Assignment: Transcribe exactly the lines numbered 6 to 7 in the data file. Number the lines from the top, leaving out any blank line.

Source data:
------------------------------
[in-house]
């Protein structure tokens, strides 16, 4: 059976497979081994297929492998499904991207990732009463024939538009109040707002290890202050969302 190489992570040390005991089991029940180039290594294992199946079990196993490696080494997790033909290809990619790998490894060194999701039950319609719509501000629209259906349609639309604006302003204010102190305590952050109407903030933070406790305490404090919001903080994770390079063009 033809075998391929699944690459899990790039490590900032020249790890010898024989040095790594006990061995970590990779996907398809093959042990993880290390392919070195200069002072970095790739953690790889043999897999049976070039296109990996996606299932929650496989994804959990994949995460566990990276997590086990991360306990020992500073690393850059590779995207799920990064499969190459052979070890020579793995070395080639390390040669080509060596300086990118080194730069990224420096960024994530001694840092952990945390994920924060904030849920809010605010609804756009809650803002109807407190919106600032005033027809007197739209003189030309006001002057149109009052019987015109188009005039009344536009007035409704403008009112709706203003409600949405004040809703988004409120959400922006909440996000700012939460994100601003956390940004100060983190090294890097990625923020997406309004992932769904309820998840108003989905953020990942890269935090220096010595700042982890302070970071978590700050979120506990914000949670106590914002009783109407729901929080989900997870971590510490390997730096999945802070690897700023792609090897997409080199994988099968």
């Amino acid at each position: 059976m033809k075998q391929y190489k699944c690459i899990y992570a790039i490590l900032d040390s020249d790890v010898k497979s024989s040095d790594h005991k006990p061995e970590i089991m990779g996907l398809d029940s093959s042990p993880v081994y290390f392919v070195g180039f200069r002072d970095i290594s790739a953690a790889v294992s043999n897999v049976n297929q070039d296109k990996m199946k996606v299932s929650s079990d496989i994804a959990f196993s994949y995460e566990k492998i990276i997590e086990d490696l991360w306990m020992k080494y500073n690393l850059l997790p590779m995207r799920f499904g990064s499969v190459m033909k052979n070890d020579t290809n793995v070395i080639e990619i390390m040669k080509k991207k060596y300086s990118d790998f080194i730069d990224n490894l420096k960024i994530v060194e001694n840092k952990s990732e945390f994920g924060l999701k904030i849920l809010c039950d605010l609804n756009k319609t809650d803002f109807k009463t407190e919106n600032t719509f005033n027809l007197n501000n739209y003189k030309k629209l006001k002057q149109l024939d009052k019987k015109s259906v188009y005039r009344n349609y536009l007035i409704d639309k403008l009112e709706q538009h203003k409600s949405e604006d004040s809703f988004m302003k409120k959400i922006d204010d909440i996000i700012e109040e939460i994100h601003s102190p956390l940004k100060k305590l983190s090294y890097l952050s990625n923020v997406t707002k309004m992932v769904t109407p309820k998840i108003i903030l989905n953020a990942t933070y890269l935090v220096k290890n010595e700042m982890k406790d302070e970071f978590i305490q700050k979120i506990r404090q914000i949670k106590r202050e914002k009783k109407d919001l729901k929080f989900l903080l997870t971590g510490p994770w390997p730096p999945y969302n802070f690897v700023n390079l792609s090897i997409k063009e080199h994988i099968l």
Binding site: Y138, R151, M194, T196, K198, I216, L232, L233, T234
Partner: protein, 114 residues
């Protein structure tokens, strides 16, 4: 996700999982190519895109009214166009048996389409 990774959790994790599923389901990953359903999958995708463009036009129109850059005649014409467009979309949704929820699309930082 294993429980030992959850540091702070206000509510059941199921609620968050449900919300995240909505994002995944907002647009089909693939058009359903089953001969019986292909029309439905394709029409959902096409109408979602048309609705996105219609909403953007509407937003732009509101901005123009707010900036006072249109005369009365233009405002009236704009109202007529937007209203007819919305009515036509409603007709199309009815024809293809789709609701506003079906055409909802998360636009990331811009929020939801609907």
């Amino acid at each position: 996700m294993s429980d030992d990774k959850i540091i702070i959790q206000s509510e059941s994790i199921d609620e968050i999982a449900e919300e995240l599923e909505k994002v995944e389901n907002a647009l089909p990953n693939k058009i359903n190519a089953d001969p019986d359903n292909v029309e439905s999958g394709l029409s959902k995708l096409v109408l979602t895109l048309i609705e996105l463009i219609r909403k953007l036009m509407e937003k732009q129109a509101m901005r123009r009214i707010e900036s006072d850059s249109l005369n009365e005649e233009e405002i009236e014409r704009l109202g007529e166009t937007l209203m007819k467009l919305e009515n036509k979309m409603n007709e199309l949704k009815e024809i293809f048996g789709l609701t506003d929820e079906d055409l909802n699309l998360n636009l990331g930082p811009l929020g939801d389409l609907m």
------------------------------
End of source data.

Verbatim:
């Protein structure tokens, strides 16, 4: 996700999982190519895109009214166009048996389409 990774959790994790599923389901990953359903999958995708463009036009129109850059005649014409467009979309949704929820699309930082 294993429980030992959850540091702070206000509510059941199921609620968050449900919300995240909505994002995944907002647009089909693939058009359903089953001969019986292909029309439905394709029409959902096409109408979602048309609705996105219609909403953007509407937003732009509101901005123009707010900036006072249109005369009365233009405002009236704009109202007529937007209203007819919305009515036509409603007709199309009815024809293809789709609701506003079906055409909802998360636009990331811009929020939801609907």
């Amino acid at each position: 996700m294993s429980d030992d990774k959850i540091i702070i959790q206000s509510e059941s994790i199921d609620e968050i999982a449900e919300e995240l599923e909505k994002v995944e389901n907002a647009l089909p990953n693939k058009i359903n190519a089953d001969p019986d359903n292909v029309e439905s999958g394709l029409s959902k995708l096409v109408l979602t895109l048309i609705e996105l463009i219609r909403k953007l036009m509407e937003k732009q129109a509101m901005r123009r009214i707010e900036s006072d850059s249109l005369n009365e005649e233009e405002i009236e014409r704009l109202g007529e166009t937007l209203m007819k467009l919305e009515n036509k979309m409603n007709e199309l949704k009815e024809i293809f048996g789709l609701t506003d929820e079906d055409l909802n699309l998360n636009l990331g930082p811009l929020g939801d389409l609907m």